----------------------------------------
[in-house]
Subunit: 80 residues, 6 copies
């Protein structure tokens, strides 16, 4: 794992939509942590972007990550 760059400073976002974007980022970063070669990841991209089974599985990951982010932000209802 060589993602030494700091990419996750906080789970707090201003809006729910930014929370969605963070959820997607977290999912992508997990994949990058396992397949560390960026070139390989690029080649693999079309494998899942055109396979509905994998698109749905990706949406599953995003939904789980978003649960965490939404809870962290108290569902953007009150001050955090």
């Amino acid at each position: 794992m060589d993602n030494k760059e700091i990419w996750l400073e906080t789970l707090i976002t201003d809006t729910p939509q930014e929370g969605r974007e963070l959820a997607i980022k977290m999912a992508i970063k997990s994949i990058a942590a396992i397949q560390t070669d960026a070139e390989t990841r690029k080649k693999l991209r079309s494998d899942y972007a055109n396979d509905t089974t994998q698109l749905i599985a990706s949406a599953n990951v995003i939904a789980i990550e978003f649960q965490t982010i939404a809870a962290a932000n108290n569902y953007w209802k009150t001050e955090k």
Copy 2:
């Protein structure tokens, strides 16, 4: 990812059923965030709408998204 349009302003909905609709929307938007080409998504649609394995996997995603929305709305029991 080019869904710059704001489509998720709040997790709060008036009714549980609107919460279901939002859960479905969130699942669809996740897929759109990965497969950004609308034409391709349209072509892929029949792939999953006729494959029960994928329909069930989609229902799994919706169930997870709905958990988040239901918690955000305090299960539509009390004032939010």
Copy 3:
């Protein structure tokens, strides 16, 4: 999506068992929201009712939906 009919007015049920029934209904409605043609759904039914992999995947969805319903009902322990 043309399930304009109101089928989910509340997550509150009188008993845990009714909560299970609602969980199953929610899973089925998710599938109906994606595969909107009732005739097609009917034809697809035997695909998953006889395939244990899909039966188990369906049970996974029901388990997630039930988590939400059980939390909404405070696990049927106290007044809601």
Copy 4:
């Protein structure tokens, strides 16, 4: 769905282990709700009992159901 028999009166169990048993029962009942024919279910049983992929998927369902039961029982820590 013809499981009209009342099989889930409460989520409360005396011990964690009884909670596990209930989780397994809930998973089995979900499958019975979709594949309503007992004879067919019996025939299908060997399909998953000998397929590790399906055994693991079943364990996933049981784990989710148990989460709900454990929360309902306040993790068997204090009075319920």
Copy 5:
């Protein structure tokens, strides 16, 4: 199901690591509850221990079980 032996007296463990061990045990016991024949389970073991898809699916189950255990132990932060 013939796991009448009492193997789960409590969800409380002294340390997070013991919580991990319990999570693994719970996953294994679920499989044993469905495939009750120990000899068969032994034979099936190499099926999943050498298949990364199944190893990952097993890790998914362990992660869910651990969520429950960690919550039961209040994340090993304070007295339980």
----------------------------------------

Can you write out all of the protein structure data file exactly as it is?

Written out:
[in-house]
Subunit: 80 residues, 6 copies
């Protein structure tokens, strides 16, 4: 794992939509942590972007990550 760059400073976002974007980022970063070669990841991209089974599985990951982010932000209802 060589993602030494700091990419996750906080789970707090201003809006729910930014929370969605963070959820997607977290999912992508997990994949990058396992397949560390960026070139390989690029080649693999079309494998899942055109396979509905994998698109749905990706949406599953995003939904789980978003649960965490939404809870962290108290569902953007009150001050955090």
């Amino acid at each position: 794992m060589d993602n030494k760059e700091i990419w996750l400073e906080t789970l707090i976002t201003d809006t729910p939509q930014e929370g969605r974007e963070l959820a997607i980022k977290m999912a992508i970063k997990s994949i990058a942590a396992i397949q560390t070669d960026a070139e390989t990841r690029k080649k693999l991209r079309s494998d899942y972007a055109n396979d509905t089974t994998q698109l749905i599985a990706s949406a599953n990951v995003i939904a789980i990550e978003f649960q965490t982010i939404a809870a962290a932000n108290n569902y953007w209802k009150t001050e955090k």
Copy 2:
């Protein structure tokens, strides 16, 4: 990812059923965030709408998204 349009302003909905609709929307938007080409998504649609394995996997995603929305709305029991 080019869904710059704001489509998720709040997790709060008036009714549980609107919460279901939002859960479905969130699942669809996740897929759109990965497969950004609308034409391709349209072509892929029949792939999953006729494959029960994928329909069930989609229902799994919706169930997870709905958990988040239901918690955000305090299960539509009390004032939010």
Copy 3:
């Protein structure tokens, strides 16, 4: 999506068992929201009712939906 009919007015049920029934209904409605043609759904039914992999995947969805319903009902322990 043309399930304009109101089928989910509340997550509150009188008993845990009714909560299970609602969980199953929610899973089925998710599938109906994606595969909107009732005739097609009917034809697809035997695909998953006889395939244990899909039966188990369906049970996974029901388990997630039930988590939400059980939390909404405070696990049927106290007044809601």
Copy 4:
């Protein structure tokens, strides 16, 4: 769905282990709700009992159901 028999009166169990048993029962009942024919279910049983992929998927369902039961029982820590 013809499981009209009342099989889930409460989520409360005396011990964690009884909670596990209930989780397994809930998973089995979900499958019975979709594949309503007992004879067919019996025939299908060997399909998953000998397929590790399906055994693991079943364990996933049981784990989710148990989460709900454990929360309902306040993790068997204090009075319920």
Copy 5:
């Protein structure tokens, strides 16, 4: 199901690591509850221990079980 032996007296463990061990045990016991024949389970073991898809699916189950255990132990932060 013939796991009448009492193997789960409590969800409380002294340390997070013991919580991990319990999570693994719970996953294994679920499989044993469905495939009750120990000899068969032994034979099936190499099926999943050498298949990364199944190893990952097993890790998914362990992660869910651990969520429950960690919550039961209040994340090993304070007295339980």